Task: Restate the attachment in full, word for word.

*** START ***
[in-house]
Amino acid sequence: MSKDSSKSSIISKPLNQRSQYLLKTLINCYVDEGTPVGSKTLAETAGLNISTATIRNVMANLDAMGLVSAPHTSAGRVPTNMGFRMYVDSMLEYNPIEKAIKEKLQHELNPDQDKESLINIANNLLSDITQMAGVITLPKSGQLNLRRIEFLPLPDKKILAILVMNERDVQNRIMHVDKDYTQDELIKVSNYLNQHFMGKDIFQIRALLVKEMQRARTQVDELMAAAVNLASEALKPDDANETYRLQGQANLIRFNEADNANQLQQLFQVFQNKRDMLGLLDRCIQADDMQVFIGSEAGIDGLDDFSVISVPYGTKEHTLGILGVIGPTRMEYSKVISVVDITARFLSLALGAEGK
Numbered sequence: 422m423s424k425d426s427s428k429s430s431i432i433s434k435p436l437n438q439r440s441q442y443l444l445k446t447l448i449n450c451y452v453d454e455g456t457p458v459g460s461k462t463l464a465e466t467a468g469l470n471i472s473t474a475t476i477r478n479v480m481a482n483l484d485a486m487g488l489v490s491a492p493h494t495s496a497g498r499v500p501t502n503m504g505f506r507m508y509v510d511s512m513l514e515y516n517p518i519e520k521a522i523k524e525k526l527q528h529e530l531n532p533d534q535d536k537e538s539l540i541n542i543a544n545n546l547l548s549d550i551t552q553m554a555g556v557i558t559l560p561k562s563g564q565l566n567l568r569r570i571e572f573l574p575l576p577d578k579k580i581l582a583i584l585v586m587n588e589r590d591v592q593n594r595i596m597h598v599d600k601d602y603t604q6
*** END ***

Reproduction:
[in-house]
Amino acid sequence: MSKDSSKSSIISKPLNQRSQYLLKTLINCYVDEGTPVGSKTLAETAGLNISTATIRNVMANLDAMGLVSAPHTSAGRVPTNMGFRMYVDSMLEYNPIEKAIKEKLQHELNPDQDKESLINIANNLLSDITQMAGVITLPKSGQLNLRRIEFLPLPDKKILAILVMNERDVQNRIMHVDKDYTQDELIKVSNYLNQHFMGKDIFQIRALLVKEMQRARTQVDELMAAAVNLASEALKPDDANETYRLQGQANLIRFNEADNANQLQQLFQVFQNKRDMLGLLDRCIQADDMQVFIGSEAGIDGLDDFSVISVPYGTKEHTLGILGVIGPTRMEYSKVISVVDITARFLSLALGAEGK
Numbered sequence: 422m423s424k425d426s427s428k429s430s431i432i433s434k435p436l437n438q439r440s441q442y443l444l445k446t447l448i449n450c451y452v453d454e455g456t457p458v459g460s461k462t463l464a465e466t467a468g469l470n471i472s473t474a475t476i477r478n479v480m481a482n483l484d485a486m487g488l489v490s491a492p493h494t495s496a497g498r499v500p501t502n503m504g505f506r507m508y509v510d511s512m513l514e515y516n517p518i519e520k521a522i523k524e525k526l527q528h529e530l531n532p533d534q535d536k537e538s539l540i541n542i543a544n545n546l547l548s549d550i551t552q553m554a555g556v557i558t559l560p561k562s563g564q565l566n567l568r569r570i571e572f573l574p575l576p577d578k579k580i581l582a583i584l585v586m587n588e589r590d591v592q593n594r595i596m597h598v599d600k601d602y603t604q6